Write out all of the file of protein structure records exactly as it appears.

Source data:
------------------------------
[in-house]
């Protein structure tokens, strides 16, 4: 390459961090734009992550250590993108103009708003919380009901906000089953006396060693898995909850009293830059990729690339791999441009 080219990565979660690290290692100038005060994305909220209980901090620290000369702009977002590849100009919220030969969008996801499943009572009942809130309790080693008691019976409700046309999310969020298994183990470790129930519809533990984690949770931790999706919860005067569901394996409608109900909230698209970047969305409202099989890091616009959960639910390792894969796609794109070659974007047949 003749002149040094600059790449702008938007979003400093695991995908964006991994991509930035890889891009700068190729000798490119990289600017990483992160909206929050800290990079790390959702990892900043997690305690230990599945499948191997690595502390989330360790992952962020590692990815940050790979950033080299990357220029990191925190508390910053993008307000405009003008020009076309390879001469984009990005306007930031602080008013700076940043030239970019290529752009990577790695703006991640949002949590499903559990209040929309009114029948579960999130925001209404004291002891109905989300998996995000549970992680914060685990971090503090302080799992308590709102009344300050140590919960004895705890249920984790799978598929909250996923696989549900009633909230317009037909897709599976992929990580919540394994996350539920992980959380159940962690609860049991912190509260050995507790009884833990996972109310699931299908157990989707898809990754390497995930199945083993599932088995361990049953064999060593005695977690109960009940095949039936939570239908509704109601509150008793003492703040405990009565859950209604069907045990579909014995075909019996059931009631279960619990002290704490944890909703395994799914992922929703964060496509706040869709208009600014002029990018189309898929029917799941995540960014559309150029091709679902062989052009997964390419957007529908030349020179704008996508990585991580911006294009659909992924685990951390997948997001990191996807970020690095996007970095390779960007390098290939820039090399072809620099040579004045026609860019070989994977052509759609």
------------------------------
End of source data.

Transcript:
[in-house]
């Protein structure tokens, strides 16, 4: 390459961090734009992550250590993108103009708003919380009901906000089953006396060693898995909850009293830059990729690339791999441009 080219990565979660690290290692100038005060994305909220209980901090620290000369702009977002590849100009919220030969969008996801499943009572009942809130309790080693008691019976409700046309999310969020298994183990470790129930519809533990984690949770931790999706919860005067569901394996409608109900909230698209970047969305409202099989890091616009959960639910390792894969796609794109070659974007047949 003749002149040094600059790449702008938007979003400093695991995908964006991994991509930035890889891009700068190729000798490119990289600017990483992160909206929050800290990079790390959702990892900043997690305690230990599945499948191997690595502390989330360790992952962020590692990815940050790979950033080299990357220029990191925190508390910053993008307000405009003008020009076309390879001469984009990005306007930031602080008013700076940043030239970019290529752009990577790695703006991640949002949590499903559990209040929309009114029948579960999130925001209404004291002891109905989300998996995000549970992680914060685990971090503090302080799992308590709102009344300050140590919960004895705890249920984790799978598929909250996923696989549900009633909230317009037909897709599976992929990580919540394994996350539920992980959380159940962690609860049991912190509260050995507790009884833990996972109310699931299908157990989707898809990754390497995930199945083993599932088995361990049953064999060593005695977690109960009940095949039936939570239908509704109601509150008793003492703040405990009565859950209604069907045990579909014995075909019996059931009631279960619990002290704490944890909703395994799914992922929703964060496509706040869709208009600014002029990018189309898929029917799941995540960014559309150029091709679902062989052009997964390419957007529908030349020179704008996508990585991580911006294009659909992924685990951390997948997001990191996807970020690095996007970095390779960007390098290939820039090399072809620099040579004045026609860019070989994977052509759609």